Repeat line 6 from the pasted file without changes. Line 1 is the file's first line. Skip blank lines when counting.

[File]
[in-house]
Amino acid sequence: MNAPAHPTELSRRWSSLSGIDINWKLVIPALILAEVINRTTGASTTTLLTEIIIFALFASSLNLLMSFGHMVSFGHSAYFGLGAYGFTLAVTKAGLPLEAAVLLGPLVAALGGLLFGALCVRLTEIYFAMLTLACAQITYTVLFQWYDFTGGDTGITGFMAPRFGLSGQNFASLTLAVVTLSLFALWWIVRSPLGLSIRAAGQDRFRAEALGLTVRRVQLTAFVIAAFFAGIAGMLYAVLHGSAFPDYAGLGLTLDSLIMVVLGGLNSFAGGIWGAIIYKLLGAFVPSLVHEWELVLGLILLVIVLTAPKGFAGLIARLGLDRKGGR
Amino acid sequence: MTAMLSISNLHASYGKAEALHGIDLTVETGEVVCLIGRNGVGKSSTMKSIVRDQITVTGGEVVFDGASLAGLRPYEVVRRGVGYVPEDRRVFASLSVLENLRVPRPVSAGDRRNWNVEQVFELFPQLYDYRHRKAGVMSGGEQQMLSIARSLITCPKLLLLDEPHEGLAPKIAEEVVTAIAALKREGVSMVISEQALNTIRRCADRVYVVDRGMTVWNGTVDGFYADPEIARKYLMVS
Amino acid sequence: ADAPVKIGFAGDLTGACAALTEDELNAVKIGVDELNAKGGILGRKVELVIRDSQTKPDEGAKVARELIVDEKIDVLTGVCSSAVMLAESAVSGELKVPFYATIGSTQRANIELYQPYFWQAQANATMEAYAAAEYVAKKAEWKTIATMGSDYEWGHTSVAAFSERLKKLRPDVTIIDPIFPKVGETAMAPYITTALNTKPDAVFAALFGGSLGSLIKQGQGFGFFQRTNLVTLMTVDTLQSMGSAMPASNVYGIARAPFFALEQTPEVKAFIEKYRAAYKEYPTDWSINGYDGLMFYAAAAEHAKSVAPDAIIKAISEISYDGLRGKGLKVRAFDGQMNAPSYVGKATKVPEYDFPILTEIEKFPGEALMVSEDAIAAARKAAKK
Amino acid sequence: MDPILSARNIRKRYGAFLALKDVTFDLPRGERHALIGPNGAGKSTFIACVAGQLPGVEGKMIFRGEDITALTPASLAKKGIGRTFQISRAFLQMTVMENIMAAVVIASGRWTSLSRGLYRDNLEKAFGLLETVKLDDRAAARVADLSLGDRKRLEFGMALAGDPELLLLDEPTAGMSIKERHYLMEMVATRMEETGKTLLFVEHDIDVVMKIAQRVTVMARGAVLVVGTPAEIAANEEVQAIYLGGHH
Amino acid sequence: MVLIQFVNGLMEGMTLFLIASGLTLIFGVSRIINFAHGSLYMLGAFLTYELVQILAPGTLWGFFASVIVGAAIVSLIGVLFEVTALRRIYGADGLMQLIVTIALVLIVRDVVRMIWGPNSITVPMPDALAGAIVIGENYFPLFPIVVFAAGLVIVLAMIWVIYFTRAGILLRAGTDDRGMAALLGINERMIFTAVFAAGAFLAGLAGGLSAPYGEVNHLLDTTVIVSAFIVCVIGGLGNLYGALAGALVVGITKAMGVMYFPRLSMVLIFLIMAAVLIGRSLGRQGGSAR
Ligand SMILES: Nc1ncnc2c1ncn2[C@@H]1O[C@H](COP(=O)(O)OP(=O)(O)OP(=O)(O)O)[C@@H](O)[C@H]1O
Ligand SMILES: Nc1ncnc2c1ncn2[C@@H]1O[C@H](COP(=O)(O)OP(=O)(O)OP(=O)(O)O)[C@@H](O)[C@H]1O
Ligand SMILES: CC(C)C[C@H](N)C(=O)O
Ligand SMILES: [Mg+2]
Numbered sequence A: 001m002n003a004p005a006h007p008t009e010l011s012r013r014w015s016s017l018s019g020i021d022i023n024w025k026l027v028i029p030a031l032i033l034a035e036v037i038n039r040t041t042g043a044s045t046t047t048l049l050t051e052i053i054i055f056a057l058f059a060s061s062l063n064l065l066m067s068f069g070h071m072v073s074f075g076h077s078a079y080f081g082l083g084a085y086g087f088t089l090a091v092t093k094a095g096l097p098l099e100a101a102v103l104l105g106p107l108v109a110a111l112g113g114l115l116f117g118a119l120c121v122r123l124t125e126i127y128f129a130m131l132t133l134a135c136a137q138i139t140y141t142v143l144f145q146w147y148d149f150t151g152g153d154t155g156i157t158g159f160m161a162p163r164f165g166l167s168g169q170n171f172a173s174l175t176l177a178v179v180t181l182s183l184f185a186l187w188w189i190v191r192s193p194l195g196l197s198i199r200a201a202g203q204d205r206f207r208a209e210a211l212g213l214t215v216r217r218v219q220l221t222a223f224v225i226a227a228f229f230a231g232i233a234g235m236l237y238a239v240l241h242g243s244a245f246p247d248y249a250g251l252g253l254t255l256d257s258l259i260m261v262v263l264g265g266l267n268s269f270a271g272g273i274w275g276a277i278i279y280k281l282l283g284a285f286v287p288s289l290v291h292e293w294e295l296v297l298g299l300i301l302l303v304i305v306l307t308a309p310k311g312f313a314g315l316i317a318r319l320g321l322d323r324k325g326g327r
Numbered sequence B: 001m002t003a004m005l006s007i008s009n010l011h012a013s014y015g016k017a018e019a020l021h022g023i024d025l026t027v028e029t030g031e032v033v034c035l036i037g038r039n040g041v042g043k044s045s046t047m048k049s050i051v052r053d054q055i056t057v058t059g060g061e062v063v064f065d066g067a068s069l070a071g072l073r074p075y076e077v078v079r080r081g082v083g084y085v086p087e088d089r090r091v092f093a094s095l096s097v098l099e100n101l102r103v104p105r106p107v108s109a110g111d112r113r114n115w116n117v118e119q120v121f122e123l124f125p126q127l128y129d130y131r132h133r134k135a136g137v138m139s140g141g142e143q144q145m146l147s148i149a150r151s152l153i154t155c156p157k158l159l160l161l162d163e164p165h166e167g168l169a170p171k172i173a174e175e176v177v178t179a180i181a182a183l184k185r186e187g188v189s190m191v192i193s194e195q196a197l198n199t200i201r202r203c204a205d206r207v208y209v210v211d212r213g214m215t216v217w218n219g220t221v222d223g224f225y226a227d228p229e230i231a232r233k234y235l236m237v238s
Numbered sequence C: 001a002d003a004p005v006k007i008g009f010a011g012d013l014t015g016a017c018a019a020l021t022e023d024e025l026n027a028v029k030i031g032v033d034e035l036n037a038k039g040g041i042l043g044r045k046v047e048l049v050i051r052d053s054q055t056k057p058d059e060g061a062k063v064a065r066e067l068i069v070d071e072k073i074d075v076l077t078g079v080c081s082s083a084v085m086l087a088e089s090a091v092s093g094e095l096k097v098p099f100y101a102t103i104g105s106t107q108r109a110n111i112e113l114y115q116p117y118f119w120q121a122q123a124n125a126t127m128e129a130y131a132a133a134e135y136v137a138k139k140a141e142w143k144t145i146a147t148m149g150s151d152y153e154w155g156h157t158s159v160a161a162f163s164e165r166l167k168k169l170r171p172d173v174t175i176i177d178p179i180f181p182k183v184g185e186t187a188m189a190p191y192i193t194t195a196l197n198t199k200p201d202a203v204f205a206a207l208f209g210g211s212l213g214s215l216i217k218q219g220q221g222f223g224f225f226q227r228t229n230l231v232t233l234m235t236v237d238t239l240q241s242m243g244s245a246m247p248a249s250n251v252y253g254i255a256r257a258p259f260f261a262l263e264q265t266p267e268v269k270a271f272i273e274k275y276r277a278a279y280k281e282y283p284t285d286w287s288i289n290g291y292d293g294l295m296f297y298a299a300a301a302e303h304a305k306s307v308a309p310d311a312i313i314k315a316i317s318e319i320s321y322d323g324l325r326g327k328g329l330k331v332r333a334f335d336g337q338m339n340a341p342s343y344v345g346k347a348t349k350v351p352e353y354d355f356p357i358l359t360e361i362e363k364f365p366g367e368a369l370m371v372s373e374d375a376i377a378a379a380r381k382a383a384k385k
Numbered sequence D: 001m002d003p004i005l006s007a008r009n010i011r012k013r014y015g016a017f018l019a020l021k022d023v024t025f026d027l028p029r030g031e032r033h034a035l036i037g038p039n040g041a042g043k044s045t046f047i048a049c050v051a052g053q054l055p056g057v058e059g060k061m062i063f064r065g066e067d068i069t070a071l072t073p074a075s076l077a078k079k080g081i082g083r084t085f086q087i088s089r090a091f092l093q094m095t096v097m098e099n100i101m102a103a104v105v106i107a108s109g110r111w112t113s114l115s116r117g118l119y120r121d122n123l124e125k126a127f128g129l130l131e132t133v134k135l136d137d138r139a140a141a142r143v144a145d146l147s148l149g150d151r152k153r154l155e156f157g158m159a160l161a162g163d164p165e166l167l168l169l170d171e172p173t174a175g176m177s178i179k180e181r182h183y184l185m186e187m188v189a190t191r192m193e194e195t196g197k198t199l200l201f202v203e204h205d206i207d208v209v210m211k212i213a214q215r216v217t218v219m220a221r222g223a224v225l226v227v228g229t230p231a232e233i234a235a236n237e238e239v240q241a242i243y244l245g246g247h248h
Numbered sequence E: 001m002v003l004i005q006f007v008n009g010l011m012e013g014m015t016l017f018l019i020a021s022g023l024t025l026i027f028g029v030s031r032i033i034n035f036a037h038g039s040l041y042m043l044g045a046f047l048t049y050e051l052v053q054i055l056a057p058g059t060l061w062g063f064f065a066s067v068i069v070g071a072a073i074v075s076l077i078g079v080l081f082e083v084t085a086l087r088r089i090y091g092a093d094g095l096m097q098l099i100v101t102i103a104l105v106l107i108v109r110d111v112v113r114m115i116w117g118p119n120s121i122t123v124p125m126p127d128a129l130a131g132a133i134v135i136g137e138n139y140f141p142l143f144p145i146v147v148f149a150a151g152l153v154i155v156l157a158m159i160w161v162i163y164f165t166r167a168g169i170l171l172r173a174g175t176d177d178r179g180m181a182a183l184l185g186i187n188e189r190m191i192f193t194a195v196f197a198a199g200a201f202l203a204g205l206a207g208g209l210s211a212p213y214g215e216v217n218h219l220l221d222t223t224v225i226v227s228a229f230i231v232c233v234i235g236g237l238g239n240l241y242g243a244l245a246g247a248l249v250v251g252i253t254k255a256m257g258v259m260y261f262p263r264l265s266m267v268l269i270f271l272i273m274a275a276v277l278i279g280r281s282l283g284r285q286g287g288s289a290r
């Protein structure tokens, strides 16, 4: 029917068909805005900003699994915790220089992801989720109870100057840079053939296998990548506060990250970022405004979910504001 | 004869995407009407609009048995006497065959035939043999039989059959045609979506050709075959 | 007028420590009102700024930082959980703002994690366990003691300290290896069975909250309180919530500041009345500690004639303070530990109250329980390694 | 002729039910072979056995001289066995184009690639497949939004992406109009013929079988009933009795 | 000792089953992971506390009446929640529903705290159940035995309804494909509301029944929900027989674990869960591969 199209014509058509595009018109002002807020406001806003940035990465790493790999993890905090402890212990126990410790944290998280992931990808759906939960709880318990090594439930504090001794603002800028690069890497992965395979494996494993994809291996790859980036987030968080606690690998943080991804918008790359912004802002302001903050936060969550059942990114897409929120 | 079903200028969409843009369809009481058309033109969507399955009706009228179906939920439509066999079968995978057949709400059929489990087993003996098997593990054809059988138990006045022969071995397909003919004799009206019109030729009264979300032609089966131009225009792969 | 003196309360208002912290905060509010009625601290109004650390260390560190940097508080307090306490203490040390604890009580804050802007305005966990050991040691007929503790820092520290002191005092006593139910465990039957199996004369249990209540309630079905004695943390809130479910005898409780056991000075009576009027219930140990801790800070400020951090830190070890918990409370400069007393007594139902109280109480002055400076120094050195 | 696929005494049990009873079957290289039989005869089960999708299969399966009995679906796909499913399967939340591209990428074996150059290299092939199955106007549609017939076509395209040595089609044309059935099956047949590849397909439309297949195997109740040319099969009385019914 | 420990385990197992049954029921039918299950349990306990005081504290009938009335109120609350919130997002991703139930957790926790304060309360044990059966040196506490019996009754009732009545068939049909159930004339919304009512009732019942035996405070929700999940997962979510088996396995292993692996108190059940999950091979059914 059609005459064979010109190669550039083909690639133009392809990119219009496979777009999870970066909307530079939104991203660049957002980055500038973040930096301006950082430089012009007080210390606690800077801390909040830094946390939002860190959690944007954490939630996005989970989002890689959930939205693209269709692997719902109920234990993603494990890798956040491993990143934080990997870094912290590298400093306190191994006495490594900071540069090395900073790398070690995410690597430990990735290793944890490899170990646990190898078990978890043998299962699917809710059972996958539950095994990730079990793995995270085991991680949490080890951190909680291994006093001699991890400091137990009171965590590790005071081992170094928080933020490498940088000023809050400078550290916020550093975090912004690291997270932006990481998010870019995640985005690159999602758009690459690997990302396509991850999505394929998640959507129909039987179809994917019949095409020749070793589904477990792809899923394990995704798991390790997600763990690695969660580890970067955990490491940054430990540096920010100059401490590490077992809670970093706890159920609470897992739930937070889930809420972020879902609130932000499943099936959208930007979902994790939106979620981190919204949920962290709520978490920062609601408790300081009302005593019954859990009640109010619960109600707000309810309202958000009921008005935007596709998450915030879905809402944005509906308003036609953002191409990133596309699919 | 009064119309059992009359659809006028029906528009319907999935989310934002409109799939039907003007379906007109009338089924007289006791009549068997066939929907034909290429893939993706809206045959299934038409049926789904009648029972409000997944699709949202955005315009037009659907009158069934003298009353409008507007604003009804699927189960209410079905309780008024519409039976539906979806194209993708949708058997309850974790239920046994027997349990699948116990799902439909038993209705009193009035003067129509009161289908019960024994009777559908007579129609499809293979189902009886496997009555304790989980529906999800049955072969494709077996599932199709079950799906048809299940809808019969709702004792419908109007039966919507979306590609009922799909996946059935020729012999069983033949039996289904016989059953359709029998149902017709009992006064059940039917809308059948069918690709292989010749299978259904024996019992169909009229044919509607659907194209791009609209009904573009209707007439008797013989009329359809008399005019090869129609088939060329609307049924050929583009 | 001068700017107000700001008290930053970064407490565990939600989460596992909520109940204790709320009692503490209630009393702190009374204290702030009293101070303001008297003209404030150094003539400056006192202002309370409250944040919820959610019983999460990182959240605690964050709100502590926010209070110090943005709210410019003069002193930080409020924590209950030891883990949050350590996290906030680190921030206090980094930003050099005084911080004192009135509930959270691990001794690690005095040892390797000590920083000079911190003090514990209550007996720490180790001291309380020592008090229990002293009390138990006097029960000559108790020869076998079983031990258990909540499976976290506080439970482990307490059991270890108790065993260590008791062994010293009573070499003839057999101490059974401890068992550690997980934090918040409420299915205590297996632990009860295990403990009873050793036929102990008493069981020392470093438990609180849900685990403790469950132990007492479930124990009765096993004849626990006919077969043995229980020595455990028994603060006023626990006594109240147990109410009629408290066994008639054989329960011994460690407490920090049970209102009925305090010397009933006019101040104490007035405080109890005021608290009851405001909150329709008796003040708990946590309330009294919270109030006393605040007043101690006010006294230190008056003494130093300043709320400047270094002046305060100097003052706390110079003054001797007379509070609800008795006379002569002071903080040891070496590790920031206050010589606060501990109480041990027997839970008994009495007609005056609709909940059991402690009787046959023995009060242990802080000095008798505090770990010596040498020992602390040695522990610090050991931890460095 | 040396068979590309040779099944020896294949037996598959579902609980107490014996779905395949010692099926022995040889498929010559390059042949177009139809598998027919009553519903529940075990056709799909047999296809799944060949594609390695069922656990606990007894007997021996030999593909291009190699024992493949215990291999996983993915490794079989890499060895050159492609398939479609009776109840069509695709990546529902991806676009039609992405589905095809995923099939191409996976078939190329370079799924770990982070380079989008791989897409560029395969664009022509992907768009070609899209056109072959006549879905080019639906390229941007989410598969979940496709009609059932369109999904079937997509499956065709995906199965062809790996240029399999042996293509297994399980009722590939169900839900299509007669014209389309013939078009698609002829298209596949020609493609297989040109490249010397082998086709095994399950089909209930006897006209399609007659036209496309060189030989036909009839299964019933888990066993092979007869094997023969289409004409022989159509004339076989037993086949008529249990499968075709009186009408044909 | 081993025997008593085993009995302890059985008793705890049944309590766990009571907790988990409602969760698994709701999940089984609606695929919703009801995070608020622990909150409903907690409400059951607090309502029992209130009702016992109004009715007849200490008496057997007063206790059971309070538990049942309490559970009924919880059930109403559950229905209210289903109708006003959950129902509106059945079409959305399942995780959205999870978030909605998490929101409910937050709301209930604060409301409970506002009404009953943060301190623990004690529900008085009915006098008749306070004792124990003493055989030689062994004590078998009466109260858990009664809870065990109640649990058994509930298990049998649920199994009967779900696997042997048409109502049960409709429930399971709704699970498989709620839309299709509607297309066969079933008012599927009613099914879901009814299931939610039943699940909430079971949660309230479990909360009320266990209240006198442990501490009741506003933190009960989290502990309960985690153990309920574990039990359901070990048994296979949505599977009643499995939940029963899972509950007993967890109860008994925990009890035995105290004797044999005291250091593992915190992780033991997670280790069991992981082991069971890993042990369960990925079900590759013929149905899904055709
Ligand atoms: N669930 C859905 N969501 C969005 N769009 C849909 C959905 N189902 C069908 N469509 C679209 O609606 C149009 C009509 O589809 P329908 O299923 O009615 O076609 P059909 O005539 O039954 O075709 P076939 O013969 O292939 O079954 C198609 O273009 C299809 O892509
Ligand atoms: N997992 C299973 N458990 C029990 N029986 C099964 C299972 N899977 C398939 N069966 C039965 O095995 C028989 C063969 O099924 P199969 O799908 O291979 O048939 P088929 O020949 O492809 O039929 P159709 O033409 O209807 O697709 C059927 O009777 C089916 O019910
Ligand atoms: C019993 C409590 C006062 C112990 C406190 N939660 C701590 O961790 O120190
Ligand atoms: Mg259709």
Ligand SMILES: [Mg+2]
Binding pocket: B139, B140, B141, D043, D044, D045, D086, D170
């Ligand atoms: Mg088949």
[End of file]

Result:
Amino acid sequence: MVLIQFVNGLMEGMTLFLIASGLTLIFGVSRIINFAHGSLYMLGAFLTYELVQILAPGTLWGFFASVIVGAAIVSLIGVLFEVTALRRIYGADGLMQLIVTIALVLIVRDVVRMIWGPNSITVPMPDALAGAIVIGENYFPLFPIVVFAAGLVIVLAMIWVIYFTRAGILLRAGTDDRGMAALLGINERMIFTAVFAAGAFLAGLAGGLSAPYGEVNHLLDTTVIVSAFIVCVIGGLGNLYGALAGALVVGITKAMGVMYFPRLSMVLIFLIMAAVLIGRSLGRQGGSAR